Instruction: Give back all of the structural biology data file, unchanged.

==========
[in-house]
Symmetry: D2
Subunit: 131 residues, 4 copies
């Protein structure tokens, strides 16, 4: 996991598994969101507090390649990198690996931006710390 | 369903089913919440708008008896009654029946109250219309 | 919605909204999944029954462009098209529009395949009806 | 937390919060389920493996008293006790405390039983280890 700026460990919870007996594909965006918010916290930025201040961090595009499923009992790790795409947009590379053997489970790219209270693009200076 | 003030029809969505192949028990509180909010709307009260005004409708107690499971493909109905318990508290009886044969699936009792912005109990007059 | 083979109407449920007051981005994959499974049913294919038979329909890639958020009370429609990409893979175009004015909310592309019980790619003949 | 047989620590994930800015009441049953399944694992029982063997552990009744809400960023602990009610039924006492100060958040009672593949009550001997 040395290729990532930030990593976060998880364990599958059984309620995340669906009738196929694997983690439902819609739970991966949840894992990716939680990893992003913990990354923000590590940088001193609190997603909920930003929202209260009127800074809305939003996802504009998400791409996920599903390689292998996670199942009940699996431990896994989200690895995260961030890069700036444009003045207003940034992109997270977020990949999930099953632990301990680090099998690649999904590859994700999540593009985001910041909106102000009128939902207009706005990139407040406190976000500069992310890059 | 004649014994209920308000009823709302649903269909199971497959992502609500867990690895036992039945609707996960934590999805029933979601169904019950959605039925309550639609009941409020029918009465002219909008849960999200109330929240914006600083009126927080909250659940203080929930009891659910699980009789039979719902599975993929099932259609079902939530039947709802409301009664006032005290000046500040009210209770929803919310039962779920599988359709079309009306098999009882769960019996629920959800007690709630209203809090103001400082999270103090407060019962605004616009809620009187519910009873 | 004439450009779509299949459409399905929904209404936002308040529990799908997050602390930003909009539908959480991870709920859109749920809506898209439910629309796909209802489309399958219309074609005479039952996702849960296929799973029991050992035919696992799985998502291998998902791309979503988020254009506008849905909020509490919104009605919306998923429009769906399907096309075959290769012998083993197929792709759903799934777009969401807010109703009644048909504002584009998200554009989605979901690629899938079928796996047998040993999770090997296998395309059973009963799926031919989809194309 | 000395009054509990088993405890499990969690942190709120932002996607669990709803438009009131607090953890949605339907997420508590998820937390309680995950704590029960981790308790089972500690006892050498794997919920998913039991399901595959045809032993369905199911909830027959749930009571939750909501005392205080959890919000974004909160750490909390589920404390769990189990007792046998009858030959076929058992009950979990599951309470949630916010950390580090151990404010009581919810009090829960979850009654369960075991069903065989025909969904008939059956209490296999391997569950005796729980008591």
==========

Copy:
[in-house]
Symmetry: D2
Subunit: 131 residues, 4 copies
């Protein structure tokens, strides 16, 4: 996991598994969101507090390649990198690996931006710390 | 369903089913919440708008008896009654029946109250219309 | 919605909204999944029954462009098209529009395949009806 | 937390919060389920493996008293006790405390039983280890 700026460990919870007996594909965006918010916290930025201040961090595009499923009992790790795409947009590379053997489970790219209270693009200076 | 003030029809969505192949028990509180909010709307009260005004409708107690499971493909109905318990508290009886044969699936009792912005109990007059 | 083979109407449920007051981005994959499974049913294919038979329909890639958020009370429609990409893979175009004015909310592309019980790619003949 | 047989620590994930800015009441049953399944694992029982063997552990009744809400960023602990009610039924006492100060958040009672593949009550001997 040395290729990532930030990593976060998880364990599958059984309620995340669906009738196929694997983690439902819609739970991966949840894992990716939680990893992003913990990354923000590590940088001193609190997603909920930003929202209260009127800074809305939003996802504009998400791409996920599903390689292998996670199942009940699996431990896994989200690895995260961030890069700036444009003045207003940034992109997270977020990949999930099953632990301990680090099998690649999904590859994700999540593009985001910041909106102000009128939902207009706005990139407040406190976000500069992310890059 | 004649014994209920308000009823709302649903269909199971497959992502609500867990690895036992039945609707996960934590999805029933979601169904019950959605039925309550639609009941409020029918009465002219909008849960999200109330929240914006600083009126927080909250659940203080929930009891659910699980009789039979719902599975993929099932259609079902939530039947709802409301009664006032005290000046500040009210209770929803919310039962779920599988359709079309009306098999009882769960019996629920959800007690709630209203809090103001400082999270103090407060019962605004616009809620009187519910009873 | 004439450009779509299949459409399905929904209404936002308040529990799908997050602390930003909009539908959480991870709920859109749920809506898209439910629309796909209802489309399958219309074609005479039952996702849960296929799973029991050992035919696992799985998502291998998902791309979503988020254009506008849905909020509490919104009605919306998923429009769906399907096309075959290769012998083993197929792709759903799934777009969401807010109703009644048909504002584009998200554009989605979901690629899938079928796996047998040993999770090997296998395309059973009963799926031919989809194309 | 000395009054509990088993405890499990969690942190709120932002996607669990709803438009009131607090953890949605339907997420508590998820937390309680995950704590029960981790308790089972500690006892050498794997919920998913039991399901595959045809032993369905199911909830027959749930009571939750909501005392205080959890919000974004909160750490909390589920404390769990189990007792046998009858030959076929058992009950979990599951309470949630916010950390580090151990404010009581919810009090829960979850009654369960075991069903065989025909969904008939059956209490296999391997569950005796729980008591």